News Column

Slow pace traps 'Prisoners'

September 26, 2013


Sept. 26--With a very strong cast and an intriguing premise, "Prisoners" has a world of potential.

Unfortunately, the film winds up just missing the mark, evolving into a standard crime drama that most audiences will be able to piece together long before the characters on screen do.

Hugh Jackman plays Keller Dover, a hard-working family man whose world is thrown into turmoil when his daughter and her friend disappear shortly after a Thanksgiving get-together.

The abduction is investigated by a no-nonsense detective (Jake Gyllenhaal), with the clues leading to a mentally challenged young man named Alex (Paul Dano).

When Alex is released from police custody due to lack of evidence, Keller decides to take matters into his own hands, capturing Alex with the intent of doing anything necessary to force him to talk.

"Prisoners" is well-acted -- the cast also includes Maria Bello, Terrence Howard, Viola Davis and Melissa Leo -- and effectively captures the helplessness of parents unable to find their children.

There are overlying themes of religious beliefs and having your faith tested that work for a while but slowly start to feel forced.

But the biggest problem with "Prisoners" is the deliberate pacing, with Aaron Guzikowski's script taking its time to evolve as the mystery is slowly revealed. The problem with this decision is that most audiences will figure out most of the puzzle within an hour, a big problem for a movie that is nearly 2 1/2 hours long.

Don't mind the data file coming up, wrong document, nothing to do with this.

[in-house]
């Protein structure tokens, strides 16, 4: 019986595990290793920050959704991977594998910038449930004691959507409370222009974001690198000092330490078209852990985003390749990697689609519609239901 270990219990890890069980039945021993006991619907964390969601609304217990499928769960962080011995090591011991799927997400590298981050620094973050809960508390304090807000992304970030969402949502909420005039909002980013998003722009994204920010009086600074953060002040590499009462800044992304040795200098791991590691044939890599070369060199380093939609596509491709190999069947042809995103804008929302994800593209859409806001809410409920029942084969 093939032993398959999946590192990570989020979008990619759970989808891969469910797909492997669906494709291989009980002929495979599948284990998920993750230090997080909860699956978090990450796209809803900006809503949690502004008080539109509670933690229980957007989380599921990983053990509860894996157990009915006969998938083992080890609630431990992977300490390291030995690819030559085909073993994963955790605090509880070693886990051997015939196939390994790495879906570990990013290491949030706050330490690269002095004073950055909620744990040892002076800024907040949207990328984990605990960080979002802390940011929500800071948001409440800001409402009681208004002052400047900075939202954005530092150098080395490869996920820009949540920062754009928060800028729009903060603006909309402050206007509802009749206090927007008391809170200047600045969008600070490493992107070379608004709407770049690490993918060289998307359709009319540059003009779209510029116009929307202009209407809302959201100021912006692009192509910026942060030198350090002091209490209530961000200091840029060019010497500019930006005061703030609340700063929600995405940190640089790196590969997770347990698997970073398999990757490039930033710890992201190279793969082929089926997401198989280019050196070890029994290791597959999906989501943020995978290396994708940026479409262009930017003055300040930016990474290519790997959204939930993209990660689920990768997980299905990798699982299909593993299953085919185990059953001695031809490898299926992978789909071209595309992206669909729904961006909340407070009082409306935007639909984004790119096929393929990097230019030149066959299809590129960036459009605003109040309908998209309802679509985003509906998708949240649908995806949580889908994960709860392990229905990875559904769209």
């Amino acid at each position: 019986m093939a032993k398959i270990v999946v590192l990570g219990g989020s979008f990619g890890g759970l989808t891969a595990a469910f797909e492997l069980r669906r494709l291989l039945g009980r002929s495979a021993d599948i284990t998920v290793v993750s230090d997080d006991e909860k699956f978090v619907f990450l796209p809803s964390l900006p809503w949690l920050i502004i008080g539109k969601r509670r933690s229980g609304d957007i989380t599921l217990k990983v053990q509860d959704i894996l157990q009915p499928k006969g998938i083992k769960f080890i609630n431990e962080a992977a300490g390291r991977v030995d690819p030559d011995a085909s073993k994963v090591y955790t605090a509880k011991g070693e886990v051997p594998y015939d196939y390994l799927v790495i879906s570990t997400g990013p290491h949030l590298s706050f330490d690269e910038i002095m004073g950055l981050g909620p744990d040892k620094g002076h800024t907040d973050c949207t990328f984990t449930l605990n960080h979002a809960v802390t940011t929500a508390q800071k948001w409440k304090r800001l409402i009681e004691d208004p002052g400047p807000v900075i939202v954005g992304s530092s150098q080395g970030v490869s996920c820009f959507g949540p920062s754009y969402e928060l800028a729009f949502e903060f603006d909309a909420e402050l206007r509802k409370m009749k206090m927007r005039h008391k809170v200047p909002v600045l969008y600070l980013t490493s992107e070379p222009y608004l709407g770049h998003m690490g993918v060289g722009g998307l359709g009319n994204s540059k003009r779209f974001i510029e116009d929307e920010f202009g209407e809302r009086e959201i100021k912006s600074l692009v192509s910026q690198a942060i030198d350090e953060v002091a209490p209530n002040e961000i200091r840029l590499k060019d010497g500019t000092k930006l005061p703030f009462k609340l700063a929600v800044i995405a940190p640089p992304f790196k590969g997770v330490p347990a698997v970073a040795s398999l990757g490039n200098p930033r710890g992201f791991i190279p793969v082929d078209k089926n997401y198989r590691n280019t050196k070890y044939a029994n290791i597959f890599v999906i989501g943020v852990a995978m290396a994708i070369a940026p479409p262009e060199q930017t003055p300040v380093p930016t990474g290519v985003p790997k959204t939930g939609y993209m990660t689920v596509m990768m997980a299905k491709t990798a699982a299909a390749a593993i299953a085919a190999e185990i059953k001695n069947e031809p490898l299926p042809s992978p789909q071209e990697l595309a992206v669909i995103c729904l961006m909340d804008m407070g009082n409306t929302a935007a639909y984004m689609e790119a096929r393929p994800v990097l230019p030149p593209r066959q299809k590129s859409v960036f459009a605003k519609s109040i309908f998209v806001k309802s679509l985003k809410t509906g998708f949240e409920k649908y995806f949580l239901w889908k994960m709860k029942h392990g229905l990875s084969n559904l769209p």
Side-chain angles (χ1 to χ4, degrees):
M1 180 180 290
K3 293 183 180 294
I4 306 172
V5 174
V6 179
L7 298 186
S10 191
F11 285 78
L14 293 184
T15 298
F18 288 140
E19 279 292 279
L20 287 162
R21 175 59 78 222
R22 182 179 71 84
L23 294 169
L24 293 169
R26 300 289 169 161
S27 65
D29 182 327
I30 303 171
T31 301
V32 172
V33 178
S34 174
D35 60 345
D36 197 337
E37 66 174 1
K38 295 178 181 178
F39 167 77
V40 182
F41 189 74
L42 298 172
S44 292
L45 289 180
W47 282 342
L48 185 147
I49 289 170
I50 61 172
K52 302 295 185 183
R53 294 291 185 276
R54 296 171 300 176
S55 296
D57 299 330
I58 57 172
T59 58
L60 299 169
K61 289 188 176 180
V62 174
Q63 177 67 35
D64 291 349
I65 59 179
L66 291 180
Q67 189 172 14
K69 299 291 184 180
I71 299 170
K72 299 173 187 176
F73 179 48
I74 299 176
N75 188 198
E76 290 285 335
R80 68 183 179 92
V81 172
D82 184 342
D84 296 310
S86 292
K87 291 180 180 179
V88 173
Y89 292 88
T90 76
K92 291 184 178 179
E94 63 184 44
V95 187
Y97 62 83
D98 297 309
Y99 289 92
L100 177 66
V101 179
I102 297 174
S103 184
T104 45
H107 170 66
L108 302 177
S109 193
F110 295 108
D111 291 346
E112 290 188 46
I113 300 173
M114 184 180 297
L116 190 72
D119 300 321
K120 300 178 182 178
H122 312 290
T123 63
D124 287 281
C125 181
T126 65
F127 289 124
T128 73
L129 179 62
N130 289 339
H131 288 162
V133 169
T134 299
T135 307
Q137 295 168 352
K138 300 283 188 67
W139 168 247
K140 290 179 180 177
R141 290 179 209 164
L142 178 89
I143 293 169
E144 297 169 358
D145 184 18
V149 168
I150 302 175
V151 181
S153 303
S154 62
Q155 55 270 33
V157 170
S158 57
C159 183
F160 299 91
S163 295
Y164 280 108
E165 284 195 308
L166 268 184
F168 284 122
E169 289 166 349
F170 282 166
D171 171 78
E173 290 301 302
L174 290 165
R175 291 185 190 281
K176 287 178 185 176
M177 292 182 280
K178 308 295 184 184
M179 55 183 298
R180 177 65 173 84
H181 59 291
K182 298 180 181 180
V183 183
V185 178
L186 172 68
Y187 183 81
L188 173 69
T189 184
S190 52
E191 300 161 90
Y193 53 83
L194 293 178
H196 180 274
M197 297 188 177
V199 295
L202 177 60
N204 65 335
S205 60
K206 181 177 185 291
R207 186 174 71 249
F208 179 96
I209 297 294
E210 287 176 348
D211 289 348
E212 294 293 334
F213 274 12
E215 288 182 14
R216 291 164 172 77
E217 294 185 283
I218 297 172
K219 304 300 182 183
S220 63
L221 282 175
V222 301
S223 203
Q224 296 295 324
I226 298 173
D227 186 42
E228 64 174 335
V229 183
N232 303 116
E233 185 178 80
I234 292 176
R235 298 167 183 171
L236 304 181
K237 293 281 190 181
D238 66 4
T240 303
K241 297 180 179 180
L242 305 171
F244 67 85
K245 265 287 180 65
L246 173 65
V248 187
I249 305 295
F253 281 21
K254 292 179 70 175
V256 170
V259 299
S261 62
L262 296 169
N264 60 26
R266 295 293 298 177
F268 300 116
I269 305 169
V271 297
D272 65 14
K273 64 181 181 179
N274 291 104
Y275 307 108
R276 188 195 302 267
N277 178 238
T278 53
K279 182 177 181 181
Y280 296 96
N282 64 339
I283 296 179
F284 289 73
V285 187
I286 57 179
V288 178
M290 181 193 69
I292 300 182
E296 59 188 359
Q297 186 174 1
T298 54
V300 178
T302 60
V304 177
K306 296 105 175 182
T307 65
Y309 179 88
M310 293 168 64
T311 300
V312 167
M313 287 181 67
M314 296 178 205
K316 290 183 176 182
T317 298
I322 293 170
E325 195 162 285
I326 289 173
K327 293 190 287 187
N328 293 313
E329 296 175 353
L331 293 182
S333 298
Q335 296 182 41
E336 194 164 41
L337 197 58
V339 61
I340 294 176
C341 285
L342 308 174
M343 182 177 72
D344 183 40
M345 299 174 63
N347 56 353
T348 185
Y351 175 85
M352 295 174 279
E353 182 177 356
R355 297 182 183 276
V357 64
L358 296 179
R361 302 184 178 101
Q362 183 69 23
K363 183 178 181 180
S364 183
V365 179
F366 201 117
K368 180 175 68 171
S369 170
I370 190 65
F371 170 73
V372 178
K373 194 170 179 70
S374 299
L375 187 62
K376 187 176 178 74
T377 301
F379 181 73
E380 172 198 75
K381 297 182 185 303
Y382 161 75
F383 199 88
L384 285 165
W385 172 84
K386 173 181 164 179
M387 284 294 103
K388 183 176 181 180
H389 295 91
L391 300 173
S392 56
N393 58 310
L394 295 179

By being so far ahead of the story, the film drags through unneeded plot threads, including a red herring that just feels thrown in.

Even with the poor pacing, "Prisoners" is still almost bearable, largely because the cast makes it better than it should be. But for all its bells and whistles, "Prisoners" feels more like a middle-of-the-road episode of "Law and Order" than a film that wants to be a mystery wrapped in a moral dilemma.

DVD dandy of the week

This week's dandy is "Room 237" (B+), the intriguing documentary that on the surface is a fascinating study of the Stanley Kubrick classic "The Shining," but deeper within is a movie about how we look at movies.

Written and directed by Rodney Ascher, "Room 237" explores various interpretations of "The Shining" -- theories that have been the subject of debate among film scholars for the last 30 years.

These theories include everything from "The Shining" being a social commentary on the genocide of Native Americans (a theory that evolves from the inclusion of a Calumet baking powder can on the shelf in the background during one of the film's early scenes), to being a metaphor for the Holocaust, to being Kubrick's admission that he helped fabricate the Apollo 11 moon landing.

My favorite is the suggestion that Kubrick was so meticulous with the framing in each scene that he created a film that can be watched forward and backward at the same time, with images superimposed over each other to create some rather creepy parallels between scenes. (I had the chance to see the film this way and this theory proves to have some juice -- some rather creepy images mesh together to create a completely different film.)

Fans of "The Shining" will find these discussions and theories fascinating, eager to view the film again to put some of these theories to test.

But this is a film that isn't just for fans of the horror classic. It's a movie about how people look at movies and how even one scene in a film can be interpreted in multiple ways -- and how those interpretations of even the smallest detail can shape how we perceive said film.

"Room 237" is not rated, but does feature language, brief nudity and violence. It is now available on DVD and is streaming on Netflix.

-- To get sportswriter/movie reviewer Micheal Compton's thoughts on all things movies, visit his blog at or his Twitter page at Email him at


Starring: Hugh Jackman, Jake Gyllenhaal

Directed by: Denis Villeneuve

Rating: R for disturbing violent content, including torture, and language throughout

Playing at: Regal Greenwood Mall Stadium 10, Highland Cinemas (Glasgow)

Grade: C+


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